No one has ever matched Berger’s ability to help us look at paintings or photographs “more seeingly”, as Rilke put it in a letter about Cézanne. Think of the essay “Turner and the Barber’s Shop” in which he invites us to consider some of the late paintings in light of things the young boy saw in his dad’s barber shop: “water, froth, steam, gleaming metal, clouded mirrors, white bowls or basins in which soapy liquid is agitated by the barber’s brush and detritus deposited”.

Berger brought immense erudition to his writing but, as with DH Lawrence, everything had to be verified by appeal to his senses. He did not need a university education – he once spoke scathingly of a thinker who, when he wanted to find something out, took down a book from a shelf – but he was reliant, to the end, on his art school discipline of drawing. If he looked long and hard enough at anything it would either yield its secrets or, failing that, enable him to articulate why the withheld mystery constituted its essence. This holds true not just for the writings on art but also the documentary studies (of a country doctor in A Fortunate Man and of migrant labour in A Seventh Man), the novels, the peasant trilogy Into Their Labours, and the numerous books that refuse categorisation. Whatever their form or subject the books are jam-packed with observations so precise and delicate that they double as ideas – and vice versa. “The moment at which a piece of music begins provides a clue to the nature of all art,” he writes in “The Moment of Cubism”. In Here Is Where We Meet he imagines “travelling alone between Kalisz and Kielce a hundred and fifty years ago. Between the two names there would always have been a third – the name of your horse.”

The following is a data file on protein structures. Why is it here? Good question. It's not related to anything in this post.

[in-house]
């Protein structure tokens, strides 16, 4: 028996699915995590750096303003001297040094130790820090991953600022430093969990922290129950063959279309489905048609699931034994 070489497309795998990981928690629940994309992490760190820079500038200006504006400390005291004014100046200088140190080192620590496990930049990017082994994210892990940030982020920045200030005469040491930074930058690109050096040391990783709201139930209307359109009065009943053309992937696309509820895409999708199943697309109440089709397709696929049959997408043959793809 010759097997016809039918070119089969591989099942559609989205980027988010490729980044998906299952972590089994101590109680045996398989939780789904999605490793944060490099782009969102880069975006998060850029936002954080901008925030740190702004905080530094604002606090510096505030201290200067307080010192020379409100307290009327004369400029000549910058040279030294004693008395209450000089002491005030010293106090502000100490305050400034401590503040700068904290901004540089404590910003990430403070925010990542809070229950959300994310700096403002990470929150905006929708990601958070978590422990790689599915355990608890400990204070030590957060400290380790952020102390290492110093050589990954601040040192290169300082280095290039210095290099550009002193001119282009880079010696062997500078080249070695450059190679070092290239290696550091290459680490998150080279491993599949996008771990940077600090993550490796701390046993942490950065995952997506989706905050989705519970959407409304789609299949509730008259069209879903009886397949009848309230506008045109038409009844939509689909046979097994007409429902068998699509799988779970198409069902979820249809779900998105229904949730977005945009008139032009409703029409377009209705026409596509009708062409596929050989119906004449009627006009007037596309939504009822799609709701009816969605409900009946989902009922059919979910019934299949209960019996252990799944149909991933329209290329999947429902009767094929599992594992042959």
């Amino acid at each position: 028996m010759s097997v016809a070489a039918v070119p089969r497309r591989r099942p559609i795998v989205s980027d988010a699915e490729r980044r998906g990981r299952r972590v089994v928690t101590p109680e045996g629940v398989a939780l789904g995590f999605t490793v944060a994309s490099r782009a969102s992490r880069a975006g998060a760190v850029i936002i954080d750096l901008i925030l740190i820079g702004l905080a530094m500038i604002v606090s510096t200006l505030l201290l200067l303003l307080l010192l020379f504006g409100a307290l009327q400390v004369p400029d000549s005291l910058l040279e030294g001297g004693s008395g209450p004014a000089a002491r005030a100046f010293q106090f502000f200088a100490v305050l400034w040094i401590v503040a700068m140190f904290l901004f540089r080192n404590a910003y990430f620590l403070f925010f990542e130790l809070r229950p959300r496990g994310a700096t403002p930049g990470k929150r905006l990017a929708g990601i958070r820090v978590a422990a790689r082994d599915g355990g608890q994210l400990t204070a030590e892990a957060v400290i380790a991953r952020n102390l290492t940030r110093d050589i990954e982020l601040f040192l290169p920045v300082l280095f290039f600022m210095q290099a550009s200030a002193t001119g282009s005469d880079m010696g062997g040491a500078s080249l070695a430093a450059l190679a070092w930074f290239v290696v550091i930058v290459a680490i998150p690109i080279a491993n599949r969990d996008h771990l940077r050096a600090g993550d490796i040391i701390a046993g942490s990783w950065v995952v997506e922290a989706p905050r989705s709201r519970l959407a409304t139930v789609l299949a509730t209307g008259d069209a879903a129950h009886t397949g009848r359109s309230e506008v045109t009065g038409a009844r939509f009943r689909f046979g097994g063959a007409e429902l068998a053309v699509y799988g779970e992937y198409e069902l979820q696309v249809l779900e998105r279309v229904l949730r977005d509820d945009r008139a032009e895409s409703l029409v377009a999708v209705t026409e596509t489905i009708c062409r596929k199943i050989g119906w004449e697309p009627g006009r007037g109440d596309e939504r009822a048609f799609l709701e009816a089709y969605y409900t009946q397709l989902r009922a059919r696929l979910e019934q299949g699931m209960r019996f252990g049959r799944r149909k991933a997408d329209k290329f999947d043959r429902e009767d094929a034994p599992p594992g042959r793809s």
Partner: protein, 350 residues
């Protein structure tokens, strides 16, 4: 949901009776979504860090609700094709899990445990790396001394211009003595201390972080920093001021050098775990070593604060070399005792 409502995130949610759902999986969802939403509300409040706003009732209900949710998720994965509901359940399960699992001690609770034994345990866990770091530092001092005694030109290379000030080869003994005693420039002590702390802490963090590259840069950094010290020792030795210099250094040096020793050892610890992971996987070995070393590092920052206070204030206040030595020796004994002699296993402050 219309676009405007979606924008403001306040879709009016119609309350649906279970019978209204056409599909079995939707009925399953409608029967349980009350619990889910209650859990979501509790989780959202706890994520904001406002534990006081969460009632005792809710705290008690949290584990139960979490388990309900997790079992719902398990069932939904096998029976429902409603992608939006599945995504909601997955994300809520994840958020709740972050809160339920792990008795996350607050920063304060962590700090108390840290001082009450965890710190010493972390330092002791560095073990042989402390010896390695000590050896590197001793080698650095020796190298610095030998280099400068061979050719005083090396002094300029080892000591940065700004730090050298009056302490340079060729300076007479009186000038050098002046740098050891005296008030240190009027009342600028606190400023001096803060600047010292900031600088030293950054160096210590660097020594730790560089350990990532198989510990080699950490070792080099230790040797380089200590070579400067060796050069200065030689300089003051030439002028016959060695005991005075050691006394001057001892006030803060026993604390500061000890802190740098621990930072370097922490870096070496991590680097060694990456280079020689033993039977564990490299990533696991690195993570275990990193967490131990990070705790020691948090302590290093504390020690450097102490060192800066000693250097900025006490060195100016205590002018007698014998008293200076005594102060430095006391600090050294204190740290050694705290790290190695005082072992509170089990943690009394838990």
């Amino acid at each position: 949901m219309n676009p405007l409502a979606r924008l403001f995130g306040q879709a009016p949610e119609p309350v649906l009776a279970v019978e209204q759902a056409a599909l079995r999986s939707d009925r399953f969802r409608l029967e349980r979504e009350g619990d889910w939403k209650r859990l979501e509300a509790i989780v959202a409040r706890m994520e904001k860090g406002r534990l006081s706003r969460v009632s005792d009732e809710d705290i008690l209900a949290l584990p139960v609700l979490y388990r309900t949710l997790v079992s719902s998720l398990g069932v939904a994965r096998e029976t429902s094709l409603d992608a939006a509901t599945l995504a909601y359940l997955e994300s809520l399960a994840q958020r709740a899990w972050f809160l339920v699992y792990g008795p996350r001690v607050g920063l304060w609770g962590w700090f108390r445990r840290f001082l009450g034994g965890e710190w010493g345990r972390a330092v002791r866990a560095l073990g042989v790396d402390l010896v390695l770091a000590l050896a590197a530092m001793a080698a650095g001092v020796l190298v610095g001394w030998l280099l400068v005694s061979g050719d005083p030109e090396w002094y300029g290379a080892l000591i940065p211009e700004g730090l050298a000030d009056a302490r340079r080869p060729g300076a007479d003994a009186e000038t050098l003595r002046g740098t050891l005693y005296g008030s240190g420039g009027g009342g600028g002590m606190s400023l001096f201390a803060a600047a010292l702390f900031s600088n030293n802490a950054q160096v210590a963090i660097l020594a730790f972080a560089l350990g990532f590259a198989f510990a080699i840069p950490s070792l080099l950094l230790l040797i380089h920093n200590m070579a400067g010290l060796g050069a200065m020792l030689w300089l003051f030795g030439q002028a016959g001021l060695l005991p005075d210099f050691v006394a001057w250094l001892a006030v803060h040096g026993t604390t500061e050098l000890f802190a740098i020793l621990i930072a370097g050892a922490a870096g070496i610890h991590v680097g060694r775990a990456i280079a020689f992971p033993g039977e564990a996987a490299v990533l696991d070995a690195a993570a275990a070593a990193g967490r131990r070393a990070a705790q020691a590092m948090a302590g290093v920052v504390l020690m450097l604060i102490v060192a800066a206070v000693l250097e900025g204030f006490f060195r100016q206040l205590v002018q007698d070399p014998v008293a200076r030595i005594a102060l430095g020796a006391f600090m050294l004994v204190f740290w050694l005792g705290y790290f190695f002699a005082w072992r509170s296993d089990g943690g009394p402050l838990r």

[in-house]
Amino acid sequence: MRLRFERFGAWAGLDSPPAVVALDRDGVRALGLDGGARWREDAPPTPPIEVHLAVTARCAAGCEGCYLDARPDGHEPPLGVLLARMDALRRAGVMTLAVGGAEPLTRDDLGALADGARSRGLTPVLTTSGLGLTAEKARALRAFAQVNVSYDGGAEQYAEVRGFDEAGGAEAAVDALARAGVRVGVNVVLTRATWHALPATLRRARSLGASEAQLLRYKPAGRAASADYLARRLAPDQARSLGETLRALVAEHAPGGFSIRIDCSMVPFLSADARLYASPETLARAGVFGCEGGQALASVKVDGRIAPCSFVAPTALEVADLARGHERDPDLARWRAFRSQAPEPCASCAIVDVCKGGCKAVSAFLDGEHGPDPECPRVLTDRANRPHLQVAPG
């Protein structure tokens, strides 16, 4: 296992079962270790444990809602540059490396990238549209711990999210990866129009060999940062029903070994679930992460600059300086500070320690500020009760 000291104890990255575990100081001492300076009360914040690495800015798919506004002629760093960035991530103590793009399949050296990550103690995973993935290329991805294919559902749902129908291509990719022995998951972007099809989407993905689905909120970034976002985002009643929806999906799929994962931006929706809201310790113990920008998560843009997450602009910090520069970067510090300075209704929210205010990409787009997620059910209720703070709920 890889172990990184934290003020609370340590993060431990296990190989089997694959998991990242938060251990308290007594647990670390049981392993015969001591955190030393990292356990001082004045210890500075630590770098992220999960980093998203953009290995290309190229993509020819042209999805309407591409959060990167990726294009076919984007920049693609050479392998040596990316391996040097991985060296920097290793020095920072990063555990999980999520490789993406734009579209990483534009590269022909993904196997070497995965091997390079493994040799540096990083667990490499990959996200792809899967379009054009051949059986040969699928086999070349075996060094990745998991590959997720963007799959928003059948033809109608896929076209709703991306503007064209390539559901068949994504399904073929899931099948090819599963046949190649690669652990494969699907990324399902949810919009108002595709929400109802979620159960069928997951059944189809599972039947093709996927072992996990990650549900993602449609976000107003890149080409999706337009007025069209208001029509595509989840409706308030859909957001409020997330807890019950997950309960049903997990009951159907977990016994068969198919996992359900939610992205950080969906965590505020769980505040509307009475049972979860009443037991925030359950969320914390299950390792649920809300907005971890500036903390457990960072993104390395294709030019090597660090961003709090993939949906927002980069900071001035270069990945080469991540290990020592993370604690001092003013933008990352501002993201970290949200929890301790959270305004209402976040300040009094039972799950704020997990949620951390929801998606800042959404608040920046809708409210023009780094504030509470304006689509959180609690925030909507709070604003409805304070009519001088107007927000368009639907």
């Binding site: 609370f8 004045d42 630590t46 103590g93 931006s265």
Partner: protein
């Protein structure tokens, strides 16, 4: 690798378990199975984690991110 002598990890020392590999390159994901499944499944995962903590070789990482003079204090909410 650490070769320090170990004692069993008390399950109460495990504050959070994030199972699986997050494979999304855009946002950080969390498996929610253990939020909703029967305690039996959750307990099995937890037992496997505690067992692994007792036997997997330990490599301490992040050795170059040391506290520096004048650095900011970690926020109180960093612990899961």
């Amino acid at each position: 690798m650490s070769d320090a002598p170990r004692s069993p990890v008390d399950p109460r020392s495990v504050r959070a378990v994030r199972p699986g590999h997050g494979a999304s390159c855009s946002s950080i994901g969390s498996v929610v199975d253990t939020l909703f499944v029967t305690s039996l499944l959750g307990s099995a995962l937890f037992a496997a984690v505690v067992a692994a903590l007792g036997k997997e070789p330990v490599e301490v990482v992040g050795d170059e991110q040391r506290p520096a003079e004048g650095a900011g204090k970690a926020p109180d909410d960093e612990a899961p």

The last time we met was a few days before Christmas 2015, in London. There were five of us: my wife and I, John (then 89), the writer Nella Bielski (in her late 70s) and the painter Yvonne Barlow (91), who had been his girlfriend when they were still teenagers. Jokingly, I asked, “So, what was John like when he was 17?” “He was exactly like he is now,” she replied, as though it were yesterday. “He was always so kind.” All that interested him about his own life, he once wrote, were the things he had in common with other people. He was a brilliant writer and thinker; but it was his lifelong kindness that she emphasised.

The film Walk Me Home which he co- wrote and acted in was, in his opinion, “a balls-up” but in it Berger utters a line that I think of constantly – and quote from memory – now: “When I die I want to be buried in land that no one owns.” In land, that is, that belongs to us all.

***

Olivia Laing

The only time I saw John Berger speak was at the 2015 British Library event. He clambered on to the stage, short, stocky, shy, his extraordinary hewn face topped with snowy curls. After each question he paused for a long time, tugging on his hair and writhing in his seat, physically wrestling with the demands of speech. It struck me then how rare it is to see a writer on stage actually thinking, and how glib and polished most speakers are. For Berger, thought was work, as taxing and rewarding as physical labour, a bringing of something real into the world. You have to strive and sweat; the act is urgent but might also fail.